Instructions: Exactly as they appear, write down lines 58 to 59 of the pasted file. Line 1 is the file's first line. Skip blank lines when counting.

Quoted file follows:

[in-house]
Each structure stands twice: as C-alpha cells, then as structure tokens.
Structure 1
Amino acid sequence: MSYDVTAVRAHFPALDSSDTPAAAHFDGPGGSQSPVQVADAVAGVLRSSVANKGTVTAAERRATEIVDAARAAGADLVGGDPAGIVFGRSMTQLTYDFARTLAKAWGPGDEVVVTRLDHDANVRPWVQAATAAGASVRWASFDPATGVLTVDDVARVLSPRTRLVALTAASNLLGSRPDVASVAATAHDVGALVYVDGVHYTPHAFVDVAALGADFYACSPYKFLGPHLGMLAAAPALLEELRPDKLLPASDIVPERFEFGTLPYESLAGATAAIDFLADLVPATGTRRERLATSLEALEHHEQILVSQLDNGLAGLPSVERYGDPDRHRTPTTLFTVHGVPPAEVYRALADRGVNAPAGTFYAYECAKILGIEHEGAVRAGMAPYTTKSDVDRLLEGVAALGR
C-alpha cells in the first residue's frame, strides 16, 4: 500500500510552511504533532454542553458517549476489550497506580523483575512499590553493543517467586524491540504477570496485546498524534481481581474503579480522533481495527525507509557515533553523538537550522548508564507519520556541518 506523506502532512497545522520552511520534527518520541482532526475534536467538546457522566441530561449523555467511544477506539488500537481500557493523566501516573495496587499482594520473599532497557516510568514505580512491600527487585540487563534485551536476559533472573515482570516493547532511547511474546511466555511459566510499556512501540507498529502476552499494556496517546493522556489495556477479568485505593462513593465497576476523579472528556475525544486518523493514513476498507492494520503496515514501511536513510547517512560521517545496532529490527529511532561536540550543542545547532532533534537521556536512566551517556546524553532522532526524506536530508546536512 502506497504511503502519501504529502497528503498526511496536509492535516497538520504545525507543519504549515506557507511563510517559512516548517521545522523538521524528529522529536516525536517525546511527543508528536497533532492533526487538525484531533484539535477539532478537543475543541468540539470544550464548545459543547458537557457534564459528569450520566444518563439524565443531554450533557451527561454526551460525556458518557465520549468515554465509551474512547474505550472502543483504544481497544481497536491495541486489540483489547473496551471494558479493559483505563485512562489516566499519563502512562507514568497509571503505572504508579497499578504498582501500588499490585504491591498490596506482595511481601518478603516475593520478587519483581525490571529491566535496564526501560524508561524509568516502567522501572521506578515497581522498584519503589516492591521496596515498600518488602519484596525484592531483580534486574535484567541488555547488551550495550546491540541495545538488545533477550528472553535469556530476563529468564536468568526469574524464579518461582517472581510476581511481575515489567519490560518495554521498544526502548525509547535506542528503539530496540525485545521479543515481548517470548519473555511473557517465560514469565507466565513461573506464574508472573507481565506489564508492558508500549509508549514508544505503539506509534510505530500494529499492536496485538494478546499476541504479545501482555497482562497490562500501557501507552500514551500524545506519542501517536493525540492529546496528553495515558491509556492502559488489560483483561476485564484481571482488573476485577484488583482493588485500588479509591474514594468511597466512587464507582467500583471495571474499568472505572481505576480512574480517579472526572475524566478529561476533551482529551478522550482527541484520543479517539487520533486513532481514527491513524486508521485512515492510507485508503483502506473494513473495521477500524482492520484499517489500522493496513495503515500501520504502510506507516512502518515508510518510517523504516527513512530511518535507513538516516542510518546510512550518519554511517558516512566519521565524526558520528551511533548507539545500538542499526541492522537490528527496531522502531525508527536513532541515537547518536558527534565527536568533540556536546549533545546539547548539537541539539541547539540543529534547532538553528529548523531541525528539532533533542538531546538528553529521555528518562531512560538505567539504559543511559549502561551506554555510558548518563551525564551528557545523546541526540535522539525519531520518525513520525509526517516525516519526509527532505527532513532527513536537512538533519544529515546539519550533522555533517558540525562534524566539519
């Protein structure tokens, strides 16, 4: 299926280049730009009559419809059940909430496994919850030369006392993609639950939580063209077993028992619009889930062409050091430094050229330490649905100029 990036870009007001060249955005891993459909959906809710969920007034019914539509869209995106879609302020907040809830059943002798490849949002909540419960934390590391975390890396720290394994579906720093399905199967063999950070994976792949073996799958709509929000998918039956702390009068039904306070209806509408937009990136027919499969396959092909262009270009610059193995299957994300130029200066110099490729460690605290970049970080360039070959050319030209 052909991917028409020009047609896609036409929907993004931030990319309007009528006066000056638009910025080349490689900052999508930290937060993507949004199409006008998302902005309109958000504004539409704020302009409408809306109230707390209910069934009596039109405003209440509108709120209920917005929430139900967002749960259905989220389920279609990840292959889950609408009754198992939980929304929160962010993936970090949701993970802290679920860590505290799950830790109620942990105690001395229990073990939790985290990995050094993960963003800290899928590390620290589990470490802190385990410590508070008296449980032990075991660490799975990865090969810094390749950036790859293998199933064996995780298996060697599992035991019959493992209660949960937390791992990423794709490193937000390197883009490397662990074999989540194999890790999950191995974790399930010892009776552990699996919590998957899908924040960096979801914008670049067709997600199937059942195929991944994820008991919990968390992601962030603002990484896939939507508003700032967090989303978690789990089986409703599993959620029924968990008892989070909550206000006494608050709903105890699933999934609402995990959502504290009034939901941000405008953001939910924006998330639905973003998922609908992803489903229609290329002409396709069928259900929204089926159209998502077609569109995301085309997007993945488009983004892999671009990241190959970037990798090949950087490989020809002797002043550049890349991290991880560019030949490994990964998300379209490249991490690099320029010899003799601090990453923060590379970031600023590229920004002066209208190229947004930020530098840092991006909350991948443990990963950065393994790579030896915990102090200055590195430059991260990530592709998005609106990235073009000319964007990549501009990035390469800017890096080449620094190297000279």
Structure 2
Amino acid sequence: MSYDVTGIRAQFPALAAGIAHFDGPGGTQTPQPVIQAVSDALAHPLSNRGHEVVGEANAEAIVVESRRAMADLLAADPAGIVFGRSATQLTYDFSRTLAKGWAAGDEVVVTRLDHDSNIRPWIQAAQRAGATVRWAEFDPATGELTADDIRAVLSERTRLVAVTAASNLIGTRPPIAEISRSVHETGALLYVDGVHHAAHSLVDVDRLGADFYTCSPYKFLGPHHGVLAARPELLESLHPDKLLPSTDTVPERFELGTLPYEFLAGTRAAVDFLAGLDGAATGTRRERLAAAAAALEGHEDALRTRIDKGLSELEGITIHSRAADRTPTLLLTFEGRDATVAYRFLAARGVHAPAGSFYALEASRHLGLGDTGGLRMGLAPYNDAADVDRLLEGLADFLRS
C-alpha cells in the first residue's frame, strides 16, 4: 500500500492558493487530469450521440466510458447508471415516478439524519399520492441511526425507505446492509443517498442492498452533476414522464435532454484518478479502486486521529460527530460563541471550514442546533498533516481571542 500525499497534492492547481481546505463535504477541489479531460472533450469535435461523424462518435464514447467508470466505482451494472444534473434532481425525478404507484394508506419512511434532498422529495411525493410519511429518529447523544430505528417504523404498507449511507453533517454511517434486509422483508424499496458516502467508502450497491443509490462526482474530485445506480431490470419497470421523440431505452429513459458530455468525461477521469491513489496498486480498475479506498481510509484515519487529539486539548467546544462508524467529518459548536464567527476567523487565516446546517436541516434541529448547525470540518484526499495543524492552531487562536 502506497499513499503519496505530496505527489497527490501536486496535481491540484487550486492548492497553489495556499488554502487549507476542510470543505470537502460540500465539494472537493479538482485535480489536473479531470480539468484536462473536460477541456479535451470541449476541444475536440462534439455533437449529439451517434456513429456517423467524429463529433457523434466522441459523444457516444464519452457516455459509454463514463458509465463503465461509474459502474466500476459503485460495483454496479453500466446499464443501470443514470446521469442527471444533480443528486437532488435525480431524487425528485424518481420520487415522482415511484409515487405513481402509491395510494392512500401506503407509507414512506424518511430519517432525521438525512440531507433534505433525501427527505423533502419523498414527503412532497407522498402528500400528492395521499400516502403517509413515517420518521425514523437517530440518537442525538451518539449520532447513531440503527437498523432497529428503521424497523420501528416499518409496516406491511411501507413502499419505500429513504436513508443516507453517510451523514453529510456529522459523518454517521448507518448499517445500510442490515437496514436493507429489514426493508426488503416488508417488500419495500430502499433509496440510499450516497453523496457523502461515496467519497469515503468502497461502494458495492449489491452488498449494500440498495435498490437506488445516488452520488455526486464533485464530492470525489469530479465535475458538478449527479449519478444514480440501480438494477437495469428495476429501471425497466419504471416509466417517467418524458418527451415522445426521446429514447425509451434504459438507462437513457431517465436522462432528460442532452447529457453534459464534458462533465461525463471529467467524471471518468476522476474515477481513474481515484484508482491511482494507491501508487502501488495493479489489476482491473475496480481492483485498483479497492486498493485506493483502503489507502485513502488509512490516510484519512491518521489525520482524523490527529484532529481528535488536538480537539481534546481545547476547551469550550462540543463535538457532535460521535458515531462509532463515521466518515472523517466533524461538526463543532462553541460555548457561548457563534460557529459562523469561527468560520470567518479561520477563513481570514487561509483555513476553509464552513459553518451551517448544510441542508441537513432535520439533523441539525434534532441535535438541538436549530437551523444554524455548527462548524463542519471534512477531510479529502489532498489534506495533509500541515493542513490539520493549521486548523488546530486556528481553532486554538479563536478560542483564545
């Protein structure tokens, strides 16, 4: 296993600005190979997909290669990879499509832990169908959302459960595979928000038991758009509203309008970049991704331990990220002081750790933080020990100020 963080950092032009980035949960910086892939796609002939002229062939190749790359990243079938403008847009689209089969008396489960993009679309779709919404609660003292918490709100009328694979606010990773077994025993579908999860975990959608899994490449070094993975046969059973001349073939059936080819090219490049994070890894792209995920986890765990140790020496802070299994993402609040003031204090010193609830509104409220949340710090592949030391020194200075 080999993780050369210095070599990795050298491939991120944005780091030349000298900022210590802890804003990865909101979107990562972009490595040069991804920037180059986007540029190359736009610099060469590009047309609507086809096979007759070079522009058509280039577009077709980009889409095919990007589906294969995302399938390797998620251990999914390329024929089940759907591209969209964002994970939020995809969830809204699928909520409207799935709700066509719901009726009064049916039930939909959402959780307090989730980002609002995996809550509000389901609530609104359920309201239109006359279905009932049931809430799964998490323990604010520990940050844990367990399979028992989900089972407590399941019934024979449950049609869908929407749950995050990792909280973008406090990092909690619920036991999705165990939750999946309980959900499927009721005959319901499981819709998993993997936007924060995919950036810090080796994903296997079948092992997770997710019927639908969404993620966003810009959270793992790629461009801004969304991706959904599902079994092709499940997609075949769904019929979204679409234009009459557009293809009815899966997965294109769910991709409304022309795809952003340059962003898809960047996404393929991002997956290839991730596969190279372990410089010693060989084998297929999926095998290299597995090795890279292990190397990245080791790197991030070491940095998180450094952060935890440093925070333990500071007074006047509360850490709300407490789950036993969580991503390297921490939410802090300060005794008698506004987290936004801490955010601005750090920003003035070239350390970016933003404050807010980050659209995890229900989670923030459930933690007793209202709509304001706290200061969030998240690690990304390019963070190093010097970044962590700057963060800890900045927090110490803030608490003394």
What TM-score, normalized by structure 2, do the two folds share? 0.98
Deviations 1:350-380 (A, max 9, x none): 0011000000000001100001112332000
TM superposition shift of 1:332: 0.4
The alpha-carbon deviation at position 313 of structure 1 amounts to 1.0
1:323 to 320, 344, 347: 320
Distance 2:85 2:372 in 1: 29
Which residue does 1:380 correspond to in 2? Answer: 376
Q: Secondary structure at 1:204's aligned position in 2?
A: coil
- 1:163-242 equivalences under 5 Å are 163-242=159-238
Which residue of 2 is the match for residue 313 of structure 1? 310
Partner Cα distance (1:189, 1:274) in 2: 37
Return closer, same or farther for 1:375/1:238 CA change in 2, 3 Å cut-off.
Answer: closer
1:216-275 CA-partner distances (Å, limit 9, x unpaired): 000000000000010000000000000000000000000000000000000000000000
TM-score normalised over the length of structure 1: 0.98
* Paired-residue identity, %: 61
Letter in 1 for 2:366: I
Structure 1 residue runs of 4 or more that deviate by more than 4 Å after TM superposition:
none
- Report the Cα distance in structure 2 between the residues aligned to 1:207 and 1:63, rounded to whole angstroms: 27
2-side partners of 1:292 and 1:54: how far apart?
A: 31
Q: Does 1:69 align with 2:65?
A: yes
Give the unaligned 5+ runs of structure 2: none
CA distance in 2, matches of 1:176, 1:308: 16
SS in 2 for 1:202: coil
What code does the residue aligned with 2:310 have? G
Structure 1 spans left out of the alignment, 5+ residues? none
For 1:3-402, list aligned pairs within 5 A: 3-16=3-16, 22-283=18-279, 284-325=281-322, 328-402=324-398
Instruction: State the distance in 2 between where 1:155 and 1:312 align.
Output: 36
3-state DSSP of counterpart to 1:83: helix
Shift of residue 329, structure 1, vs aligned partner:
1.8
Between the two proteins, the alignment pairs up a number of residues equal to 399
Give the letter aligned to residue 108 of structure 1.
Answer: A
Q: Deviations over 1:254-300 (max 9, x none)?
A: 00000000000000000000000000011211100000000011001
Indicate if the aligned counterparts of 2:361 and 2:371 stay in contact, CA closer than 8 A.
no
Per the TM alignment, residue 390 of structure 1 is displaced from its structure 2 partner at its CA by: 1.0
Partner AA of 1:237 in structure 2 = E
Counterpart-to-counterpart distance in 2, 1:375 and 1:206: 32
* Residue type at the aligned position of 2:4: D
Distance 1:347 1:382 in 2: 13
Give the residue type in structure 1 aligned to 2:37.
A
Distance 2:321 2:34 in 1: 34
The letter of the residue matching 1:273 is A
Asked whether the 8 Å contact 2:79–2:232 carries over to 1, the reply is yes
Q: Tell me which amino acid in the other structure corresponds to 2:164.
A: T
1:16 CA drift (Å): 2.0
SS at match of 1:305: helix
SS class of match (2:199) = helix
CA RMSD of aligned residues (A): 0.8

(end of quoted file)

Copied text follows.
Distance 1:347 1:382 in 2: 13
Give the residue type in structure 1 aligned to 2:37.